Using 2nd data level for the fusion alarm algorithms, a clear alarm was triggered by the fusion system when no BDUs triggered one itself. In conclusion, provided that the right annotation was found, the classification and fusion algorithms can help improve the performances of the detect-to-warn (stage-ONE) level in the TWOBIAS proof-of-concept system.

Overall, post-experimental analysis of the 2nd real-life trial in Prague showed that early biological alarm triggering is possible under certain conditions, provided that a short preliminary calibration stage is performed on the system. When comparing the two real-life experiences, the first observation is that the background variability has a tremendous impact on the accuracy of the system. The sources of this variation are multiple. For instance, atmospheric conditions might vary greatly from one year to another, even from one season to another and sometimes even during the same night. Also, trains circulation periodically moves the entire air mass in the underground and possibly lifts old particles from previous dispersions. Good placement of the TWOBIAS system in the metro station was also an important factor, as established by the simulation in WP2 and proven by the demonstrator. Further improvement could be achieved for instance by adding a redundant TWOBIAS system and temporal analysis to reduce the train blinding effect.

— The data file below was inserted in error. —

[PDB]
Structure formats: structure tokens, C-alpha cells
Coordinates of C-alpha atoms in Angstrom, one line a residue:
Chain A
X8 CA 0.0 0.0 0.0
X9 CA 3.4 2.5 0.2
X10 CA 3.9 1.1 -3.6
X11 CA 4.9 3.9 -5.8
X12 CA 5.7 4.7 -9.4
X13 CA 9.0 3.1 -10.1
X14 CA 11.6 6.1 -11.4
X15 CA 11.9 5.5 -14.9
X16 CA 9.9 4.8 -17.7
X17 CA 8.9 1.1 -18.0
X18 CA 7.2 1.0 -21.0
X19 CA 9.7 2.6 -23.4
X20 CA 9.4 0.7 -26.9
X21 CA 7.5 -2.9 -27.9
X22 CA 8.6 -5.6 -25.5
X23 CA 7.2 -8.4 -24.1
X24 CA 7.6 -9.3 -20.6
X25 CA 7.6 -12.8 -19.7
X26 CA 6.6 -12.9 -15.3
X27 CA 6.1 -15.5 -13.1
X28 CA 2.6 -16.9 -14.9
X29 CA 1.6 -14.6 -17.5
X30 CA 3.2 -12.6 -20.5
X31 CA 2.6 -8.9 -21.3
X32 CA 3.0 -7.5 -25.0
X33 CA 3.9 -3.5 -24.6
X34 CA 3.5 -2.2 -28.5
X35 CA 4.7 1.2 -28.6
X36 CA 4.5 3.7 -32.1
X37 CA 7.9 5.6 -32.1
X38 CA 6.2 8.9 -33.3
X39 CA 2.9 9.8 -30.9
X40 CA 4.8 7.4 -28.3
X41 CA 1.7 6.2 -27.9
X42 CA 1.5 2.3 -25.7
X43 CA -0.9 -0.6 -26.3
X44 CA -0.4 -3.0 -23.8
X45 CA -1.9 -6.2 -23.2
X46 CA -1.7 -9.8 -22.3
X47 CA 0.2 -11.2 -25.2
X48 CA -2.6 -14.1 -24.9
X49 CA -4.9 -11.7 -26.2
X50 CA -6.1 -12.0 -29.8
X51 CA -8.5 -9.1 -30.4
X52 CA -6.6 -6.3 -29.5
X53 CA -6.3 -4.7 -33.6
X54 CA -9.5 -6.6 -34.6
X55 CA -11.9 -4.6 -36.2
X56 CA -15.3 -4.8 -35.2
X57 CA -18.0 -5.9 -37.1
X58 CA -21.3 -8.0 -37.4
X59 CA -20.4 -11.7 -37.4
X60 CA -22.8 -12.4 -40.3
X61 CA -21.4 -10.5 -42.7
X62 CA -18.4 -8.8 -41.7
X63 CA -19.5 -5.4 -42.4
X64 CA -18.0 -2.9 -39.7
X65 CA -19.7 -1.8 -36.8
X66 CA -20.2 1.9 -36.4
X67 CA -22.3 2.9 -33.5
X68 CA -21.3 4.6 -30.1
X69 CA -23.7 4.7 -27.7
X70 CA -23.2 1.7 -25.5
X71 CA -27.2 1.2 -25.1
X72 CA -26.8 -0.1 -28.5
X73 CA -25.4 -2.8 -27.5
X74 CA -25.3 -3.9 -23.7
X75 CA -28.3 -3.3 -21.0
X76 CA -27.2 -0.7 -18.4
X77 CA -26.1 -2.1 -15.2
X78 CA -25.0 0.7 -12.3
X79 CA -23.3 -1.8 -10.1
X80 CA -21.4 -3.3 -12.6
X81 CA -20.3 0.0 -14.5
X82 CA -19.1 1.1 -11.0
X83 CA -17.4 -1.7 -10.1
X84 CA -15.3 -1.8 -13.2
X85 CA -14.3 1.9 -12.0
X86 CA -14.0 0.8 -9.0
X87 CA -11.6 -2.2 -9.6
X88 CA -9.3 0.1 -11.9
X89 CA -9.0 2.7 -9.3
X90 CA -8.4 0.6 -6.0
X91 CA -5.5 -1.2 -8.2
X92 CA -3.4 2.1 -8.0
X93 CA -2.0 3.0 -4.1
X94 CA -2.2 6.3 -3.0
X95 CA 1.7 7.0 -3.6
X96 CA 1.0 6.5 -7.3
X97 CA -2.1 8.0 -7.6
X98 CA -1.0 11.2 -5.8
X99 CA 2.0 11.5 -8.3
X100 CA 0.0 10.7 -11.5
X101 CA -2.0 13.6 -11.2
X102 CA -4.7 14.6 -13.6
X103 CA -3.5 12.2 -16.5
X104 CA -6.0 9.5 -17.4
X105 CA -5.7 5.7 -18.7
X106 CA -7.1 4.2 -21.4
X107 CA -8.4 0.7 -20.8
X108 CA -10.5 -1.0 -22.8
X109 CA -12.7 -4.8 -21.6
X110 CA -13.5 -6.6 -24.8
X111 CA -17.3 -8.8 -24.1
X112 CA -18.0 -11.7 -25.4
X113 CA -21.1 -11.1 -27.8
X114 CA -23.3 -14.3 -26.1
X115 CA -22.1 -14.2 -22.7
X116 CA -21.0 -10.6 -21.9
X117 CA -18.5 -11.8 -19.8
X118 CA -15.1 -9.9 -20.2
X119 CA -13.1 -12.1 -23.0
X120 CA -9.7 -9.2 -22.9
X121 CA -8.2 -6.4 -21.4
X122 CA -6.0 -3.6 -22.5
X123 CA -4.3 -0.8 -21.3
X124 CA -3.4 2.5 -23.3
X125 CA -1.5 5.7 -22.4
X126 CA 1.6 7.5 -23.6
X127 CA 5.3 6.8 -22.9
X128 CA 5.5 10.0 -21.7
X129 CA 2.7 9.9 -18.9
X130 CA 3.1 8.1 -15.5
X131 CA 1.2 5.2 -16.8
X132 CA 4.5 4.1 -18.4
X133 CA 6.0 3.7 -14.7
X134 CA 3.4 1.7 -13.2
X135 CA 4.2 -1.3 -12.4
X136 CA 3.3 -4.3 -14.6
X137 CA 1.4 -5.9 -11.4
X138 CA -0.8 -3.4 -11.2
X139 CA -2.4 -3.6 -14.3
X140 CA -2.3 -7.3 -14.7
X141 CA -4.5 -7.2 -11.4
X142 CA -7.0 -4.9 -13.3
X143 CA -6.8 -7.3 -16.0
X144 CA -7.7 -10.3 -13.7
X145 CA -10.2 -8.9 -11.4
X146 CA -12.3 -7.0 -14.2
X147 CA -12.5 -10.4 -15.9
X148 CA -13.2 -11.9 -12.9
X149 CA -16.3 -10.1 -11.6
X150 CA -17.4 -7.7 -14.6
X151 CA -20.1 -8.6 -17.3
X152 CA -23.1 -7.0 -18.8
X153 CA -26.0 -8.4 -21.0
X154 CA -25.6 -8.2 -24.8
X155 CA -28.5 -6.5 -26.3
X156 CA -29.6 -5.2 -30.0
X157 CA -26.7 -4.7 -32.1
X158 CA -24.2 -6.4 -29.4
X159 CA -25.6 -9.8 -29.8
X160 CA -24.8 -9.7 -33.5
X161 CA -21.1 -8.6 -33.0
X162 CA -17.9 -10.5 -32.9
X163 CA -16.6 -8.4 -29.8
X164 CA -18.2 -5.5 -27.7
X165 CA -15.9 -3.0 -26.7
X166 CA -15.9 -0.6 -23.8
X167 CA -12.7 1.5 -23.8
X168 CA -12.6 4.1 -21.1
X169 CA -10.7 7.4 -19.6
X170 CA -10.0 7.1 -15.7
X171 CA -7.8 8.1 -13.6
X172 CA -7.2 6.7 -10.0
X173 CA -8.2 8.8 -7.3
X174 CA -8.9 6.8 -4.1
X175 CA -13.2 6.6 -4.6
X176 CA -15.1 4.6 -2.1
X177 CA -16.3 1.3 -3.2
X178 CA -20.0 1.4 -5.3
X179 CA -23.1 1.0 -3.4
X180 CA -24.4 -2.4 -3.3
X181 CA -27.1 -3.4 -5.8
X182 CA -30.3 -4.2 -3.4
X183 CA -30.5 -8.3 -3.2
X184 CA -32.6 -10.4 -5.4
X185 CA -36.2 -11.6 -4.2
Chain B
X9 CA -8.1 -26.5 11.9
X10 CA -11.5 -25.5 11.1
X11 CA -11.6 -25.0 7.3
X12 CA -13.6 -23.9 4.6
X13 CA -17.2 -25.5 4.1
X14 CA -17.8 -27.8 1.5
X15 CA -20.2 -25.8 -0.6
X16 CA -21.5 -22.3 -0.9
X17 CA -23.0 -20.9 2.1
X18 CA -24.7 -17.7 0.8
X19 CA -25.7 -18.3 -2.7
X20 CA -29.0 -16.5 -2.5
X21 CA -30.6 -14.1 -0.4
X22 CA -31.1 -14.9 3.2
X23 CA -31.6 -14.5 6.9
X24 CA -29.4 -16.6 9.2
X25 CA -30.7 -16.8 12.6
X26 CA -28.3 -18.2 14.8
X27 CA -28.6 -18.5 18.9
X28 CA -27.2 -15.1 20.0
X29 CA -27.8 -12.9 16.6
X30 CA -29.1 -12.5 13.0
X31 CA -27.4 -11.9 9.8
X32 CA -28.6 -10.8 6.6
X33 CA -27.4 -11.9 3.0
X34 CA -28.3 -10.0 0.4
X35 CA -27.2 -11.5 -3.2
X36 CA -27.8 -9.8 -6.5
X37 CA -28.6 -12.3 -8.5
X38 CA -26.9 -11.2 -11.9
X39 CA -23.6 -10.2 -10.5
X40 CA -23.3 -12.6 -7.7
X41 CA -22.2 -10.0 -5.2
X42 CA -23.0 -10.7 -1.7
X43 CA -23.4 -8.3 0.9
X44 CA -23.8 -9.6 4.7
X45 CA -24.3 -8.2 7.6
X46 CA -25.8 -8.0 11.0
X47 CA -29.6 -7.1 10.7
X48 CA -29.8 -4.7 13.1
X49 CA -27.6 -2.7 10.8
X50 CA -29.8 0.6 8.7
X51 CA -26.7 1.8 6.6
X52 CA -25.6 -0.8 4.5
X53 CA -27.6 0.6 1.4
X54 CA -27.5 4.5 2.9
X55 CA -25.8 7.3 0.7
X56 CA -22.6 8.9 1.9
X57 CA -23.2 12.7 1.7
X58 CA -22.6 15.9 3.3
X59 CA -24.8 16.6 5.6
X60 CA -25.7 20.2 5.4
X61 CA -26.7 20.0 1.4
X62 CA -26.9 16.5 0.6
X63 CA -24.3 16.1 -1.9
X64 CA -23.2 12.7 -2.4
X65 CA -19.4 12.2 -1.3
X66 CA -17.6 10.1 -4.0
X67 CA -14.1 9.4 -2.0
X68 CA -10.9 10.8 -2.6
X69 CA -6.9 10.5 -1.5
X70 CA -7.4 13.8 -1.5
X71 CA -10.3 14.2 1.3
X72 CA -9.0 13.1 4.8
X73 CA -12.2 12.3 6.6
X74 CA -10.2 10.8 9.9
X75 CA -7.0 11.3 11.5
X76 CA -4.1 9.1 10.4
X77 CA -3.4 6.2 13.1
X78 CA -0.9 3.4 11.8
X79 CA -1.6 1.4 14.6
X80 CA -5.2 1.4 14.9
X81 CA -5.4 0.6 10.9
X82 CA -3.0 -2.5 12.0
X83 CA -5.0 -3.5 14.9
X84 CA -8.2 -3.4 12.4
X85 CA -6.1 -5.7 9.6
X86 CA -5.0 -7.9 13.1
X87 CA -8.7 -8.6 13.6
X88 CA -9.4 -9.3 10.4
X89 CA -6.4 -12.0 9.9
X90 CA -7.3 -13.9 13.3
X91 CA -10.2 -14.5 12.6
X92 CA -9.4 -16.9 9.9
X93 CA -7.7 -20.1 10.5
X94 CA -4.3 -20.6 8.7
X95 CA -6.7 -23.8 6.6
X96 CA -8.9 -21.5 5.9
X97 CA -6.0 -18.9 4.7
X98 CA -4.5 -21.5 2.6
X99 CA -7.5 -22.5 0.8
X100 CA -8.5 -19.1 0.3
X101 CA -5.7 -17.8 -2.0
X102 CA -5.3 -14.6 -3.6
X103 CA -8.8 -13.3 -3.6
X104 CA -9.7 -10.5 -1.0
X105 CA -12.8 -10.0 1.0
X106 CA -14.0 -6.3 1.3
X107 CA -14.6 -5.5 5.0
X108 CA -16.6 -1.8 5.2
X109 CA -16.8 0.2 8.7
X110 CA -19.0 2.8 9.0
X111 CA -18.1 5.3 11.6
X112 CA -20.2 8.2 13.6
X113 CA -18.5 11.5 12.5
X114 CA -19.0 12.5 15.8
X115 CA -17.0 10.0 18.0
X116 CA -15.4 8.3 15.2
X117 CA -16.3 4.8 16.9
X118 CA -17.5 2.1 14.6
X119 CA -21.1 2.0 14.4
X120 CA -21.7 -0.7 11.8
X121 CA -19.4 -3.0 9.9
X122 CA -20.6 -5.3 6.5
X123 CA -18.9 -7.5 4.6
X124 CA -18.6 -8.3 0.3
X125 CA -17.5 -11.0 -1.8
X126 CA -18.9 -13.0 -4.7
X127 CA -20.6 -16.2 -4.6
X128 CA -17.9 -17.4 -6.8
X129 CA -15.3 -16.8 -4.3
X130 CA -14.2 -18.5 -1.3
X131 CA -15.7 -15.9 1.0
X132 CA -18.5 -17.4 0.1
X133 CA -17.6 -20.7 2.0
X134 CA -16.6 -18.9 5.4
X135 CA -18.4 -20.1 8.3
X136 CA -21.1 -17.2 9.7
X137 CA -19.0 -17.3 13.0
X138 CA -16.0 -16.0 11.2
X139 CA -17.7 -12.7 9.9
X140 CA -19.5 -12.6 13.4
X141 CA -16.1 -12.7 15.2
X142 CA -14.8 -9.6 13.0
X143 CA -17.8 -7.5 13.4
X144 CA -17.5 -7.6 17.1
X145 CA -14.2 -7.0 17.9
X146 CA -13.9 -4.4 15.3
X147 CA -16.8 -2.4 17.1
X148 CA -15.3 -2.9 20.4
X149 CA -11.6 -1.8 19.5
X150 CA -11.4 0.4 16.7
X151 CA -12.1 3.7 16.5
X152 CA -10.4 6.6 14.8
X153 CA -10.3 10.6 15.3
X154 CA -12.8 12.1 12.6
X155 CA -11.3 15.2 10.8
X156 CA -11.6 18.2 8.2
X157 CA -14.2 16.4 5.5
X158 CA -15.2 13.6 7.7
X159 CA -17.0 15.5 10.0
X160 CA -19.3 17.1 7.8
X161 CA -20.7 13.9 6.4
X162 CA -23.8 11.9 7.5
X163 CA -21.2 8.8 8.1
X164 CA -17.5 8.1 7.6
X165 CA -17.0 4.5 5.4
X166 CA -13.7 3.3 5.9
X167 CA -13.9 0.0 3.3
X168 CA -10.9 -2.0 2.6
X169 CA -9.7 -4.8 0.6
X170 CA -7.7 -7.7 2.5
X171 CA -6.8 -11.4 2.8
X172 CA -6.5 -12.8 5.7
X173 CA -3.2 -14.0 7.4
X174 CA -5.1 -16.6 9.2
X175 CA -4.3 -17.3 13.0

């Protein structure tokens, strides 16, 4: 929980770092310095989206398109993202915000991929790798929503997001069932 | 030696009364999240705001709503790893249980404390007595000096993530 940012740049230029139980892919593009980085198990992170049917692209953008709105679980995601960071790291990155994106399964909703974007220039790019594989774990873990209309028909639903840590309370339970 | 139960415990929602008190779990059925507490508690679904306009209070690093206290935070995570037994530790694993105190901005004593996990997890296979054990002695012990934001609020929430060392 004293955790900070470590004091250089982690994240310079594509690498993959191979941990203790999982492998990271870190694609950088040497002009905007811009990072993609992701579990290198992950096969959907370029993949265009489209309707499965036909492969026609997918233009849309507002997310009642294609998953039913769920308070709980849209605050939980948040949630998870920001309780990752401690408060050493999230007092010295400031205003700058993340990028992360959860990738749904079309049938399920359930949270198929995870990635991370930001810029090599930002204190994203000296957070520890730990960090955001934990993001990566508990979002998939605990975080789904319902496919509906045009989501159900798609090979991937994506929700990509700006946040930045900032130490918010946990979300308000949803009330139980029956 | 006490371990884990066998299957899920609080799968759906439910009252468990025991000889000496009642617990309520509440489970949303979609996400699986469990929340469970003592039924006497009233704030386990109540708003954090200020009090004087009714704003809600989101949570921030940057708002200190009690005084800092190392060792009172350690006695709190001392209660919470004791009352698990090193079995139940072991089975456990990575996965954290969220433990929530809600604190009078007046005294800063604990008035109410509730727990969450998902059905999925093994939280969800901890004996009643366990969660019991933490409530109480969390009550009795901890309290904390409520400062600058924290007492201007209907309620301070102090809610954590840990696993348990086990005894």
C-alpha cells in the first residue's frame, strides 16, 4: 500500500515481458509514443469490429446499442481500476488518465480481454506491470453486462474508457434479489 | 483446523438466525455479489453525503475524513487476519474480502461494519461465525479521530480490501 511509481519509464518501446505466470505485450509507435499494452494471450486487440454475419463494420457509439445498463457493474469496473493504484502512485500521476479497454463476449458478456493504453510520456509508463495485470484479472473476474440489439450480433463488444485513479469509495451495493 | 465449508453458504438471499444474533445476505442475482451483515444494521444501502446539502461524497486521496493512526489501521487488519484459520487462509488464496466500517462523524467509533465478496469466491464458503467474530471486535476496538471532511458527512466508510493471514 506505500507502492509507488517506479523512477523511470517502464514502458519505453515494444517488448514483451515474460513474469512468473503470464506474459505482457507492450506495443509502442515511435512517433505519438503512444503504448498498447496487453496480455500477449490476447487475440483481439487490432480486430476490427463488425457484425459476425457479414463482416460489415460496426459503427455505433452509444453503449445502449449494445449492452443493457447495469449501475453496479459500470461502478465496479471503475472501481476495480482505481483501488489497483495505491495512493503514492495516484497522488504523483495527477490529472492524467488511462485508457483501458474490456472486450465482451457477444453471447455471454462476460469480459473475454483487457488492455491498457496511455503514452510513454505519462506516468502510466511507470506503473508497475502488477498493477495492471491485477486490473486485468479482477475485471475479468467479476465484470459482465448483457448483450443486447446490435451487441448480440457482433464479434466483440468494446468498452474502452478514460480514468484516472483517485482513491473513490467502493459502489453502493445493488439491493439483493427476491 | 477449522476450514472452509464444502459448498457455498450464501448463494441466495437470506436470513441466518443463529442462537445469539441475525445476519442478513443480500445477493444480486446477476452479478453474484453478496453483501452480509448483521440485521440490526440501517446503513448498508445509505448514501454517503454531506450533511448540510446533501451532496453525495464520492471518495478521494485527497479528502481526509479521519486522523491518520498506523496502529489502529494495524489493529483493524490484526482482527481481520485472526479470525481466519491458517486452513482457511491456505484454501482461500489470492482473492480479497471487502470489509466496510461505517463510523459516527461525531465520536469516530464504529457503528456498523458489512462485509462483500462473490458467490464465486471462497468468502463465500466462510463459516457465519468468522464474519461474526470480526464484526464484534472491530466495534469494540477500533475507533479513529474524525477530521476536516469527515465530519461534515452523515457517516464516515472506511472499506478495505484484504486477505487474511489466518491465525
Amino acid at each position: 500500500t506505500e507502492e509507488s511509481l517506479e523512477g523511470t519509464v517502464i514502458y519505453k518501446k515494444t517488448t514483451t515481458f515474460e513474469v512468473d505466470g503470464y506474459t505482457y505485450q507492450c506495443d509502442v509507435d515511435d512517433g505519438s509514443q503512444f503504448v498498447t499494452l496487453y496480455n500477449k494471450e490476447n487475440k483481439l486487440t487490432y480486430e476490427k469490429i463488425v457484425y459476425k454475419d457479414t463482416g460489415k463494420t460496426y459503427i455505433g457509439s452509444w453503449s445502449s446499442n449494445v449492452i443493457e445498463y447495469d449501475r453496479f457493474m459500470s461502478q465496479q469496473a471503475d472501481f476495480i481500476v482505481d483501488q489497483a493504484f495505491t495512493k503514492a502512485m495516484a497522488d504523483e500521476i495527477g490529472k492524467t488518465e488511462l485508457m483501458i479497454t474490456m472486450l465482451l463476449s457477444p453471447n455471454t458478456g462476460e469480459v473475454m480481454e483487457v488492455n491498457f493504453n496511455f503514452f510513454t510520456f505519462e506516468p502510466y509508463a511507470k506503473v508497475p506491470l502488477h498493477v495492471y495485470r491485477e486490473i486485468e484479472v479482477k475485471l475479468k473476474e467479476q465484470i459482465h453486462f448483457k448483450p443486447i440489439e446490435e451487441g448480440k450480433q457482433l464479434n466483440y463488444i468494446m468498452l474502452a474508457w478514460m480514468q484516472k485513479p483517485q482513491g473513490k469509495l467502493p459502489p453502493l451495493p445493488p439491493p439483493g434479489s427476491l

The success of the fusion algorithms depends on the accuracy of data annotation and extensive analysis of the available reference data from slit-samplers in order to establish the best annotation was performed. Availability of reference data is regarded as mandatory to assess algorithms performance in order to interpret isolated alarms as true or false. Algorithms performances depend on operational choices like balancing the importance of false negatives (FN) or false positives (FP). Data fusion improved the detection threshold at the cost of increased false alarm rate.

A more detailed description on the data analysis from the real-life experiments at the real-life test site can be found in Deliverable D4.16 “Data analysis and improvement of classification and fusion tools, based on real life tests at “Muzeum” station in Prague (2nd trial)”.

Conclusions: